I’ve always had a soft spot in my heart for the Lambert’s Cove Methodist Church on Lambert’s Cove Road in West Tisbury. In 1988, when our son Max was a few months old, we decided to have him baptised at the church, which was very close to the house we had recently built. It was a hot and humid summer afternoon, and accompanied by a handful of friends and family, we headed down for the ceremony. We ushered ourselves in and sat down in the pews amongst about a dozen primarily older members of the congregation. Because of the heat, the front doors were open in an attempt to circulate some air.
I was seated on the aisle with Max on my lap when I noticed a large German shepherd lying on the floor to my left. He had wandered in through the open door. I casually reached down and began to pat him on the head, thinking, “This is a real Vineyard moment.”
A gentleman behind me leaned forward and whispered, “Is he bothering you?”
“No, not at all,” I said. “What’s his name?”
“Max,” he replied.
We took that as a good omen, a bit of filial and canine synchronicity, and from that moment we’ve always had a special attachment to the church. But now, after seeing what Neal Kaplan and Lisa Foster have done to renovate the church and parsonage, we don’t just have tender feelings — now we want to live there.
Kaplan and Foster are business partners from Providence, and they and their respective families have been spending time on the Island for years. Kaplan is a contractor; his company, Neal Estate, restores vintage buildings. Foster’s company, Reconstructure, specializes in interior architecture and design.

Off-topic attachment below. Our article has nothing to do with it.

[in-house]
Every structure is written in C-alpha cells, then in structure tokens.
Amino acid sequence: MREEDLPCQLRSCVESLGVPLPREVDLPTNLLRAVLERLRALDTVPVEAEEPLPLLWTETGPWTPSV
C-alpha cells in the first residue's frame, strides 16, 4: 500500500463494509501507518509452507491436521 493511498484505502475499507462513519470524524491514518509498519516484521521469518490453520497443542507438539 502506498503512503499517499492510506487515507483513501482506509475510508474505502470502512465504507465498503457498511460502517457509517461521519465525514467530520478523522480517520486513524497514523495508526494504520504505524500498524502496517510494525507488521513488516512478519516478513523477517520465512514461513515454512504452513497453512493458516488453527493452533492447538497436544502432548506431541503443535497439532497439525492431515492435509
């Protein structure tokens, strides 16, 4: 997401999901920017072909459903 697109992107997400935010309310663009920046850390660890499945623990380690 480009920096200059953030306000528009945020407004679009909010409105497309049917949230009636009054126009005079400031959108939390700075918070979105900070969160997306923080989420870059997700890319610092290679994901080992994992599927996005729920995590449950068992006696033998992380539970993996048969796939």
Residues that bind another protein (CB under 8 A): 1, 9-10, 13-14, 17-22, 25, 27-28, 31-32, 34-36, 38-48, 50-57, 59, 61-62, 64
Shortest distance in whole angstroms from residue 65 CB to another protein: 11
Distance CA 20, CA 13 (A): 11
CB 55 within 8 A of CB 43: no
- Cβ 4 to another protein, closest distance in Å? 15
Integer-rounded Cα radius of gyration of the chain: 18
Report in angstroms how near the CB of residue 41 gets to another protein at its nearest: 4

Always on the lookout for new challenges, Foster and Kaplan had their eyes on the Lambert’s Cove Church from the minute they first learned that it was for sale around 2006. The church was built in 1846, and operated until 1997. It had been purchased by Gina Stanley, proprietor of still another Island landmark, the Artcliff Diner. Stanley had replaced the cedar shingle roof and made a few smaller renovations, but soon realized there was a seemingly endless amount of work to be done, and her pockets weren’t deep enough to do a full renovation, so in 2008 she sold the property to Kaplan and Foster.
I jokingly said to Neal Kaplan, “What were you thinking?”
He said, “A lot of people were scared off by the scale of this project, but we do this for a business. People think we’re crazy, but I like the challenge.”
And some challenge it turned out to be. The property consisted of two buildings: the church (or sanctuary, as it is called), and the parsonage, as well as a small well house used for storage.
According to Wallace and Co.’ (which has the listing) realtor Janet Lee Scott, the parsonage pretty much had to be gutted. The construction notes kept by Kaplan read, “The granite crawl space was cracking, new insulation and oil heat had to be installed. The west portion of the house had to be demolished, the remaining structure lifted onto piers, and supported on steel I-beams with jacks, while a foundation space was excavated and a new concrete (floor) was poured.”
The wall along Lambert’s Cove Road was pushed out two feet, and a lofted ceiling was created in the living room to give it an airy, spacious feeling.